Broadway attracts the best stage actors on earth, performing at the peak of their powers. In a year filled with great dramas and scintillating musicals, Broadway.com's editorial staff came to a consensus on five 2011 performances we won't forget.
Bobby Cannavale in The Motherf**ker With the Hat
He’s tall, dark, handsome and funny, which means that Bobby Cannavale could coast through any number of stage dramedies. He did a hell of a lot more than that in The Motherf**ker With the Hat, Stephen Adly Guirgis’ profane yet hopeful portrait of a recovering addict and his colorful cohorts. In this unusual Broadway offering, Cannavale served as both anchor and engine, sharing a series of frenzied scenes with Chris Rock, Elizabeth Rodriguez, Yul Vasquez and Annabella Sciorra. After reveling in his bravura demonstration of emotional range, we’re eager to see what Cannavale tackles next.
Sutton Foster in Anything Goes
Broadway musical directors clamor to work with Sutton Foster because she makes everything she does on stage look easy. Clogging on a hay wagon in Young Frankenstein? Check. Cartwheels and splits in The Drowsy Chaperone? No problem. A song about farting in Shrek? Sign her up. Anything Goes became Foster’s latest slam-dunk, but it was more than that: She stepped out of her comfort zone in portraying bawdy, sexy diva Reno Sweeney, a grown-up role in every sense of the term. Tossing off an eight-minute-long tap number in the process, Sutton reigned as Broadway’s musical queen in 2011.
Joe Mantello in The Normal Heart
Anyone fortunate enough to have seen him as Louis Ironson in the original Angels in America knows that Joe Mantello is an outstanding stage actor. After Angels, Mantello turned to directing, where his triumphs include Other Desert Cities, Assassins, Glengarry Glen Ross and, of course, Wicked. It took another classic drama of the early AIDS era, The Normal Heart, to lure him back on stage, and his performance as activist Ned Weeks was electrifying, brave and heartbreaking. Mantello’s name belongs above the title, and we hope he doesn’t wait a decade to act on Broadway again.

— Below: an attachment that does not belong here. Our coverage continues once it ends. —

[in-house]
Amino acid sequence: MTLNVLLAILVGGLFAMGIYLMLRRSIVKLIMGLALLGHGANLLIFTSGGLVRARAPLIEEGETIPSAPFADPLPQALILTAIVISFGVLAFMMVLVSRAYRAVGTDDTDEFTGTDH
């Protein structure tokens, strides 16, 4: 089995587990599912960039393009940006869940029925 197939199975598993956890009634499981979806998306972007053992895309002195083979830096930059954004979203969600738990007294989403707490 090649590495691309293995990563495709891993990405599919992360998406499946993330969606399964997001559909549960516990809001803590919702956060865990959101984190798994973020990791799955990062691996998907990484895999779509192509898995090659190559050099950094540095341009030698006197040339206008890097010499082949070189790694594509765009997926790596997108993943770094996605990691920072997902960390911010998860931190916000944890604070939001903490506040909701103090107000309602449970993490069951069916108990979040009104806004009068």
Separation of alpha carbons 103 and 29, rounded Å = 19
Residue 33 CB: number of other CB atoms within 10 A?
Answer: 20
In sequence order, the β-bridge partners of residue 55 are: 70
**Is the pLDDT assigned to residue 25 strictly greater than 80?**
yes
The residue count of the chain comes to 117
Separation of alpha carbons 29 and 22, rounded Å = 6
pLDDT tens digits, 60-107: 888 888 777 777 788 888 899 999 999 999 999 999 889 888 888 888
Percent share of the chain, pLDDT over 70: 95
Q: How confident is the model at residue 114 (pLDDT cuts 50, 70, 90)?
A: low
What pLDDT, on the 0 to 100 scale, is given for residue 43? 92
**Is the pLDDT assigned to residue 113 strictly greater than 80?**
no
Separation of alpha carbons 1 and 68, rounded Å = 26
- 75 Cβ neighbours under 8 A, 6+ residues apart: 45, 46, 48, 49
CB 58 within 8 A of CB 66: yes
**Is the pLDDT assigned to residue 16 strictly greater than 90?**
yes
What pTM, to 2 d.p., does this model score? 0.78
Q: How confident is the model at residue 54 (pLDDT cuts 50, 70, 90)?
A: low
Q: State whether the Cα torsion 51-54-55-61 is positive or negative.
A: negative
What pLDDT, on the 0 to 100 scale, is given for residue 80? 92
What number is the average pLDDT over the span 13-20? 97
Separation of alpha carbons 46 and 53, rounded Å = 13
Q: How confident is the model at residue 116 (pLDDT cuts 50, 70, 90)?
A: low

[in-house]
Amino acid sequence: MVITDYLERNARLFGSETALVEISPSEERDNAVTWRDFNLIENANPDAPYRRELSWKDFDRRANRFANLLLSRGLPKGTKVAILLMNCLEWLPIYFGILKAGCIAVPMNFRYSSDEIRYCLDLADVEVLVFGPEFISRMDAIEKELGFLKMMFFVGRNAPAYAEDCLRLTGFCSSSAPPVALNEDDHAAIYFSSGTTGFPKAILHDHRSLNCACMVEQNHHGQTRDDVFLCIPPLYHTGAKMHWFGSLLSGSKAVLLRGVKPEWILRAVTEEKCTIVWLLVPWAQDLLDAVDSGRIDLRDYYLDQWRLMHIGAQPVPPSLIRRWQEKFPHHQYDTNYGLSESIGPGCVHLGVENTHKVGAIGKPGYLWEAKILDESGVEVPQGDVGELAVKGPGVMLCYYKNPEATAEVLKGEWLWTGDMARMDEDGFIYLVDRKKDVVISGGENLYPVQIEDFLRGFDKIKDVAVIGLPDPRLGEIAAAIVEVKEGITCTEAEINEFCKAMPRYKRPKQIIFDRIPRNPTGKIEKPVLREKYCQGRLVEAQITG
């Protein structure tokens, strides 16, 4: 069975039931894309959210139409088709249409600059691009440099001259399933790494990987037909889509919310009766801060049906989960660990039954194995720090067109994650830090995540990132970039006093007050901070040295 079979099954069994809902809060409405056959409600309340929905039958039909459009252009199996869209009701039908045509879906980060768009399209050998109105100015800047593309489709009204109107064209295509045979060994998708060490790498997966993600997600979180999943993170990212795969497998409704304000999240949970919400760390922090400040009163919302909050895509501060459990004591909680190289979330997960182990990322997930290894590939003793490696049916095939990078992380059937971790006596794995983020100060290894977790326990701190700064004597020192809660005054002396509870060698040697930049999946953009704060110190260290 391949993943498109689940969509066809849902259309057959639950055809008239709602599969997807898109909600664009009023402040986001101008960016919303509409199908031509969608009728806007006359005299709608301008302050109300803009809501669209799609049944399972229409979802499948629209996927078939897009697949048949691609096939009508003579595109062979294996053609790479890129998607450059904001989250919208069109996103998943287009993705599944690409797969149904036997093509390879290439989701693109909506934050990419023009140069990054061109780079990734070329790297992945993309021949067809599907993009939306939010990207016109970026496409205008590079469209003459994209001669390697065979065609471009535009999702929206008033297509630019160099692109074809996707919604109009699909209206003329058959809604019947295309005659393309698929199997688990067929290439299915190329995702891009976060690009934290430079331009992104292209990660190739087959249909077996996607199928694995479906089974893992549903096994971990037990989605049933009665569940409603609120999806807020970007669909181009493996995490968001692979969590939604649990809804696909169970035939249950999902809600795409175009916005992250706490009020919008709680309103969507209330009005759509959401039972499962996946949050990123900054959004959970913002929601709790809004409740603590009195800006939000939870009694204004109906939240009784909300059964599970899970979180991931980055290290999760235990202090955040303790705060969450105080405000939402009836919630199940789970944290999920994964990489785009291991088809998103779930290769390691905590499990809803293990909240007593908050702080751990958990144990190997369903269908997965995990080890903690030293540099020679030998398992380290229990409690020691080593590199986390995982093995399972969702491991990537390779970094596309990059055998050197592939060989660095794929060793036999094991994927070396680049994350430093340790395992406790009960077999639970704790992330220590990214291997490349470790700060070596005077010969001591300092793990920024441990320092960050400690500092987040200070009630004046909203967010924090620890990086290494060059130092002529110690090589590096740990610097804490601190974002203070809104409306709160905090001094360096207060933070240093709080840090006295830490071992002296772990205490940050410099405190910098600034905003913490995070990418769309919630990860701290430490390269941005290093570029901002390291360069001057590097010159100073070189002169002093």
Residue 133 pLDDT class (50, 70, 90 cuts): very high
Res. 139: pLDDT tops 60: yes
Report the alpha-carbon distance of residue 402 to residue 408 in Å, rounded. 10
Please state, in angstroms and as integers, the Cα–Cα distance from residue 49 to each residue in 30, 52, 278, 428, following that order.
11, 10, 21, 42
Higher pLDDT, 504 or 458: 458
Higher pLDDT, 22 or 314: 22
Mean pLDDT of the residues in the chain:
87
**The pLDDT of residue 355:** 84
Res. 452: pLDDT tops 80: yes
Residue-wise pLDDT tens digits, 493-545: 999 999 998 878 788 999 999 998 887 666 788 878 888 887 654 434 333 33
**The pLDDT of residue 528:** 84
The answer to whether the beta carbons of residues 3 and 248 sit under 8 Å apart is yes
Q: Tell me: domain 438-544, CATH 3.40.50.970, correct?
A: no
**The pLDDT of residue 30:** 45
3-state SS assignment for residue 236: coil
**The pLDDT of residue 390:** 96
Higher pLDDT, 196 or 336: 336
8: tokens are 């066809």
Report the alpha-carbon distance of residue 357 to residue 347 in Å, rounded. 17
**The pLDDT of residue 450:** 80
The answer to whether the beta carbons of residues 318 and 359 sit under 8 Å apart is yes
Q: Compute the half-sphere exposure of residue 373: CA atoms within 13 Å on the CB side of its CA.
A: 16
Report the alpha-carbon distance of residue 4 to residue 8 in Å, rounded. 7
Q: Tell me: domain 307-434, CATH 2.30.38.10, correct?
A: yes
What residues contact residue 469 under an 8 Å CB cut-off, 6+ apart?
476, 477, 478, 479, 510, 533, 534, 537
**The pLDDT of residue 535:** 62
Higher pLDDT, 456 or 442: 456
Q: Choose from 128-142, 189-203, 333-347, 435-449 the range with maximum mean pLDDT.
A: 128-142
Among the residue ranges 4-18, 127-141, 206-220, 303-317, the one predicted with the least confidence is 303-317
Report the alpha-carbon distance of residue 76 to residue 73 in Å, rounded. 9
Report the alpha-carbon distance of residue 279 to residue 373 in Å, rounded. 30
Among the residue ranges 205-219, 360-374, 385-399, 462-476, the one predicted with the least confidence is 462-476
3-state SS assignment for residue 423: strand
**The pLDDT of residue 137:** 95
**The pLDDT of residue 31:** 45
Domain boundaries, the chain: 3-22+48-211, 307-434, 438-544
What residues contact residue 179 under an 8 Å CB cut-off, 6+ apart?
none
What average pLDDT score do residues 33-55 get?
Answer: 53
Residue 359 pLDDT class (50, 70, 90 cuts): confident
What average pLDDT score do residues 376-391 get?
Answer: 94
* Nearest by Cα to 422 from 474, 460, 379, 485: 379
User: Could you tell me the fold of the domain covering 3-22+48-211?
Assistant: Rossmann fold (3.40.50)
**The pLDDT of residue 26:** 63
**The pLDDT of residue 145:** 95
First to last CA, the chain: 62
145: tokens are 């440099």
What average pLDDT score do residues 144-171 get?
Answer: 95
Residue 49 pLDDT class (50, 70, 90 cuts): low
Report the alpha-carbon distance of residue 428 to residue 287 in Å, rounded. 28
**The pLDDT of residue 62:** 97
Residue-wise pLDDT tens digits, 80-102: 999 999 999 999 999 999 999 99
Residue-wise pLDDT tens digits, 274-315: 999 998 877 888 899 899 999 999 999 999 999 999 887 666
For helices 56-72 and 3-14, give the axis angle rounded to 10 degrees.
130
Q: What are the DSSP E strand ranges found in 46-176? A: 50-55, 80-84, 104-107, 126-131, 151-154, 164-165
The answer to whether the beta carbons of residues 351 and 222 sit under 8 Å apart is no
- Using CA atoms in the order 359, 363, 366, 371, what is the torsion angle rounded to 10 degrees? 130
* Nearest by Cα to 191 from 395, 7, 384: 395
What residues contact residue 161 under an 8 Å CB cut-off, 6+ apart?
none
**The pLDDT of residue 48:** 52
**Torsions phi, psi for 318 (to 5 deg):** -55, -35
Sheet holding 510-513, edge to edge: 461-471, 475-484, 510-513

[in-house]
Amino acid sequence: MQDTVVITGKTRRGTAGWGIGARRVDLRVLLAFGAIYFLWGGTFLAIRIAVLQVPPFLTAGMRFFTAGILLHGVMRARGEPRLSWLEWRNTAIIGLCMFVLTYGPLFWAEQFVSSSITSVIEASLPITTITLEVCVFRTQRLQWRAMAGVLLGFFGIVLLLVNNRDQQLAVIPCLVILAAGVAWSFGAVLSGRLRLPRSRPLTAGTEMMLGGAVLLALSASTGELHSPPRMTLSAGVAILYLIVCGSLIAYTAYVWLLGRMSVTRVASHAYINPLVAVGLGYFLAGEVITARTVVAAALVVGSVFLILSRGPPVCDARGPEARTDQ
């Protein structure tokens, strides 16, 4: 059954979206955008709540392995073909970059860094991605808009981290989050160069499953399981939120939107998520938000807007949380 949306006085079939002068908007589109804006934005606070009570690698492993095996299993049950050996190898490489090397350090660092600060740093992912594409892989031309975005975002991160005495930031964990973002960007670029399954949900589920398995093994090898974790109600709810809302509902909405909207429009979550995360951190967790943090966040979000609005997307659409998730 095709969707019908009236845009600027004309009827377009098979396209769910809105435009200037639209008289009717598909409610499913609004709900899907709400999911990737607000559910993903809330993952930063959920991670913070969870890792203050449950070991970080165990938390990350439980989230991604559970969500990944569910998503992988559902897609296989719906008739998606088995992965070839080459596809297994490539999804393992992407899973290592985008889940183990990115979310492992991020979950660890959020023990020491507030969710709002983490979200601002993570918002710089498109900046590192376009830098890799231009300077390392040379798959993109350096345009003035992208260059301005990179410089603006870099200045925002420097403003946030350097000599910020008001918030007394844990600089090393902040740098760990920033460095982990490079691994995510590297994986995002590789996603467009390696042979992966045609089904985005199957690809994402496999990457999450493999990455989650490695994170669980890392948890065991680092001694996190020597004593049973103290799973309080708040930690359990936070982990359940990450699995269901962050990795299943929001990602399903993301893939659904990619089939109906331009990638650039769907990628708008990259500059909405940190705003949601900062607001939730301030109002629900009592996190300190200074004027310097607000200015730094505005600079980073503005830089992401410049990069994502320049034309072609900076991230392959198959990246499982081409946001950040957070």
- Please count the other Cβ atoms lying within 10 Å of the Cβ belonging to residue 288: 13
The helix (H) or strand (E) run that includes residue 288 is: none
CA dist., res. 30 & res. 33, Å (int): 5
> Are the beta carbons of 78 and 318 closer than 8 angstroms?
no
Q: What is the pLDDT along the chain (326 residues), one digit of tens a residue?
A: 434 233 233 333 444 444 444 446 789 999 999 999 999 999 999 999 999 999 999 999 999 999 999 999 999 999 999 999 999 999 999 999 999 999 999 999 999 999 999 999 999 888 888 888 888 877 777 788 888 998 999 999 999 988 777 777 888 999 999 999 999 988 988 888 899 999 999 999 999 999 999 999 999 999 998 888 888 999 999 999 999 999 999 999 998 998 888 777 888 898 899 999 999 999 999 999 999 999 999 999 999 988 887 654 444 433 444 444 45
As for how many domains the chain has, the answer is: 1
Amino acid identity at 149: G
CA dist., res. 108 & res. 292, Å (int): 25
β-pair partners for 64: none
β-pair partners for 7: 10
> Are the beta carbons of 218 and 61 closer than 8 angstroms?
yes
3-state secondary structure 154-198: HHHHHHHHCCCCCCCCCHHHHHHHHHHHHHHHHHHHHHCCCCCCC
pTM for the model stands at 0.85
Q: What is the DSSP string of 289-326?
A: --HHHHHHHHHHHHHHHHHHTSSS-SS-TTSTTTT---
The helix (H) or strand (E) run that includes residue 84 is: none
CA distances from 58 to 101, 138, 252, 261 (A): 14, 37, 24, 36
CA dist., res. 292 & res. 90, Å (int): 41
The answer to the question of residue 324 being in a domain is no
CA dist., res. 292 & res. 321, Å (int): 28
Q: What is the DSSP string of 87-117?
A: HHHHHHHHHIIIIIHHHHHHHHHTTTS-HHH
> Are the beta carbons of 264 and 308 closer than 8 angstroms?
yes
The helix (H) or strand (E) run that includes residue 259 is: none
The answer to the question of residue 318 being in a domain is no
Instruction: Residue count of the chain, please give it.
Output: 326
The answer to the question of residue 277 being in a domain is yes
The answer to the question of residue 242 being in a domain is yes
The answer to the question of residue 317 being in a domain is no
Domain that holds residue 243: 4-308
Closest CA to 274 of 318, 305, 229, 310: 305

Jan Maxwell in Follies
From scene-stealing comic turns in Chitty Chitty Bang Bang and Lend Me a Tenor to leads in The Royal Family and off-Broadway’s Wings (as a stroke victim), Jan Maxwell has been an unparalleled theatrical shape-shifter. In 2011, she pulled off her most impressive transformation as super-glam former showgirl Phyllis Rogers Stone in Follies. Angry, wounded Phyllis is the trickiest of the four Follies leads, but Maxwell’s one-two punch of “Could I Leave You” and “The Story of Lucy and Jessie” (those Sondheim lyrics! those legs!) left us in awe.
Donna Murphy in The People in the Picture
This brilliant musical star goes missing from Broadway for years at a time, making every show she chooses to do an event. Although critics were divided about The People in the Picture, Donna Murphy’s dual performance as the older and younger versions of a 1930s Yiddish actress in Warsaw won raves—and moved audiences to tears. Murphy’s quick switches between portraying a vibrant young leading lady and an elderly, post-Holocaust “Bubbie”—at one point within a single musical number—displayed her gifts for comedy, tragedy and every emotion in between.